- Minnesota Bureau of Criminal Apprehension
- Minnesota Chief’s of Police Safenet Website
- Minnesota Department of Public Safety
- Minnesota House of Representatives
- Minnesota Peace Officers Standards & Training Board (POST)
- Minnesota State Senate
- Minnesota State Statutes
- National Institute of Justice
- U.S. House of Representatives
- U.S. Senate
- Wright County Sheriff’s Office
What are the most common City Ordinances that might affect you that you should be aware of? The following list of ordinances provides an overview of several commonly used ordinances that might affect you. If you would like to view the actual ordinance language, you can click or the appropriate link. If you would like to view general City Ordinances, click on the Ordinance link here. Animal Ordinances
- Dogs and Cats must be licensed at the City Center, and must have a current rabies vaccination.
- It is unlawful to keep more than 3 cats or dogs at any residence.
- It is unlawful to allow any dog to bark continuously.
- It is unlawful for any dog or cat to run at large
- Burning permits are available at the City Center for burning leaves only between September 15 and December 1 during daylight hours.
- The curfew is 10:30 pm for children under age 16 and midnight for children 16-17 years old.
- It is unlawful to discharge a firearm, BB Gun, or Bow & Arrow within the City Limits.
- It is unlawful for any person to engage in conduct that is likely to cause a breach of the peace, or
- To engage in offensive, obscene or abusive language or in boisterous and noisy conduct tending reasonably to arouse alarm, anger or resentment in others.
- Between November 1 and April 1 if snow has fallen, it is prohibited to park on any city street after 2:00 A.M. until the snow has been cleared from the street.
- It is prohibited to park on any street during any time when a Snow Emergency has been declared by the City Administrator. Information concerning Snow Emergencies will be broadcast on the City’s Cable Channel.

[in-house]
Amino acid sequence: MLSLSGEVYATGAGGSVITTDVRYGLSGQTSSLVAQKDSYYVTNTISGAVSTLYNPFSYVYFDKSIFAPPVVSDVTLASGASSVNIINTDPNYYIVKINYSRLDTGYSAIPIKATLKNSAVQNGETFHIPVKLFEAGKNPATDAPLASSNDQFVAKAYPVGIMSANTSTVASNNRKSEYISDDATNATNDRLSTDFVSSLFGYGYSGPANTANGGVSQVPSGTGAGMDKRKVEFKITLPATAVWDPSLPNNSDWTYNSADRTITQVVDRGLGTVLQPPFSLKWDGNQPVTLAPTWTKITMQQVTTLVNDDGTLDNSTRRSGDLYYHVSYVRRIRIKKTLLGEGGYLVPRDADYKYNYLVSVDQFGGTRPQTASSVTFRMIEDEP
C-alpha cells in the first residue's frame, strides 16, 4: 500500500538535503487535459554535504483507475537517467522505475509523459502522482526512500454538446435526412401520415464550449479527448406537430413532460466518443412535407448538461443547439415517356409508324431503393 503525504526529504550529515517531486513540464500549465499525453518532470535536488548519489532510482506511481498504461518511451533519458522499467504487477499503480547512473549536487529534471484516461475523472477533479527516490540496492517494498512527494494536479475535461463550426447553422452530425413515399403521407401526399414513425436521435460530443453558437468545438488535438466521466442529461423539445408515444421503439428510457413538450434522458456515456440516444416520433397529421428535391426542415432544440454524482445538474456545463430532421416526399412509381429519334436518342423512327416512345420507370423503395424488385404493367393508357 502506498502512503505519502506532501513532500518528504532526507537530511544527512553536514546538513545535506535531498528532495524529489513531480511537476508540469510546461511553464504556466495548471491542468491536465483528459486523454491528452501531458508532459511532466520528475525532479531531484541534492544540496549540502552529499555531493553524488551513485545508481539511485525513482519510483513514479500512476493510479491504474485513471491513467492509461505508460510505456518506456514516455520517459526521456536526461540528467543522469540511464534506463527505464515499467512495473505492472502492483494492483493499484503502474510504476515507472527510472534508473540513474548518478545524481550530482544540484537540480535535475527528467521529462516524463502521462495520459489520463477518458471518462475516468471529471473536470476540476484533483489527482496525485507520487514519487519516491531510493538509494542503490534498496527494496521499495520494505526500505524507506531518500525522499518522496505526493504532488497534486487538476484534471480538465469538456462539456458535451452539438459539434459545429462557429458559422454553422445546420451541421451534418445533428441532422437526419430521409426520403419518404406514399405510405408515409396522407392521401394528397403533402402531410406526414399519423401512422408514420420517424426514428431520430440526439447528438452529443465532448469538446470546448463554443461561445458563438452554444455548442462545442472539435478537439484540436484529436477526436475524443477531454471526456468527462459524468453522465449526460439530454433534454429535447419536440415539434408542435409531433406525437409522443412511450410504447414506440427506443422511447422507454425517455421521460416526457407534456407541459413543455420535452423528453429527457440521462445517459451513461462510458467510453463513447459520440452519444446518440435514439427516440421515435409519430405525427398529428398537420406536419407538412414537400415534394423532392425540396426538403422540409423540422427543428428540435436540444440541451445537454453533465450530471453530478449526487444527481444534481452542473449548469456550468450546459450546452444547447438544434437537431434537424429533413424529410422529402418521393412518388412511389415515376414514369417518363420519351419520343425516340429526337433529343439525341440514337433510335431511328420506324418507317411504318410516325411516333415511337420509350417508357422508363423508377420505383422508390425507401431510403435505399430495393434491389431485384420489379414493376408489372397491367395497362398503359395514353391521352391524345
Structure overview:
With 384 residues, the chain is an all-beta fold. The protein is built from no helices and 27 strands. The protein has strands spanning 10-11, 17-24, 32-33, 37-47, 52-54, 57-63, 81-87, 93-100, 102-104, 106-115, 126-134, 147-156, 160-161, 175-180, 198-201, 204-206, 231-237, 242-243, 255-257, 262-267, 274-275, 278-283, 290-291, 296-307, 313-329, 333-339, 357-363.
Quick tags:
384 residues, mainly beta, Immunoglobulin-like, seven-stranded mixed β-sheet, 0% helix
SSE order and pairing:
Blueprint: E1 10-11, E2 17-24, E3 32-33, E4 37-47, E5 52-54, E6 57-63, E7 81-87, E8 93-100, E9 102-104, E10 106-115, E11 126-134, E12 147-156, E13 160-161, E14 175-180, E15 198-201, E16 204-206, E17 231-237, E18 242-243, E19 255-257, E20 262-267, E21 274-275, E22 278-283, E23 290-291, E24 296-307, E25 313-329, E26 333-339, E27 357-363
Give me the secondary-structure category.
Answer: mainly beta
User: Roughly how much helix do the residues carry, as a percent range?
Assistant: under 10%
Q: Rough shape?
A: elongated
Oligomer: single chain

- It is unlawful to park a vehicle on any street or municipal parking lot for a continuous period of 24 hours.
- It is unlawful to park or store any unlicensed or inoperable motor vehicle on private property unless it is inside a building.
- Snowmobile operators may not exceed 20 MPH on any alley or side street in Buffalo.
- Snowmobile operators may not operate on any lands, including school grounds, hospital grounds, cemeteries and golf courses, without lawful authority or permission of the owner or occupant.
- Snowmobile operators must obey all other local and state laws concerning snowmobiles.
It’s Not Worth It!
Do you have a question that we can answer, or a concern that you would like addressed? If you have a question or concern that relates to law enforcement in general, a law or ordinance, speeders in your area, or any other question or concern related to policing in the City of Buffalo or Wright County, here is your opportunity to get the answer.
Simply click on the link below, and you can send us your message or question. An officer will be directed to respond to you during the next business day. As always, if your question or concern needs an immediate response, please feel free to contact an officer through the Wright County Communication Center at (763) 682-7600.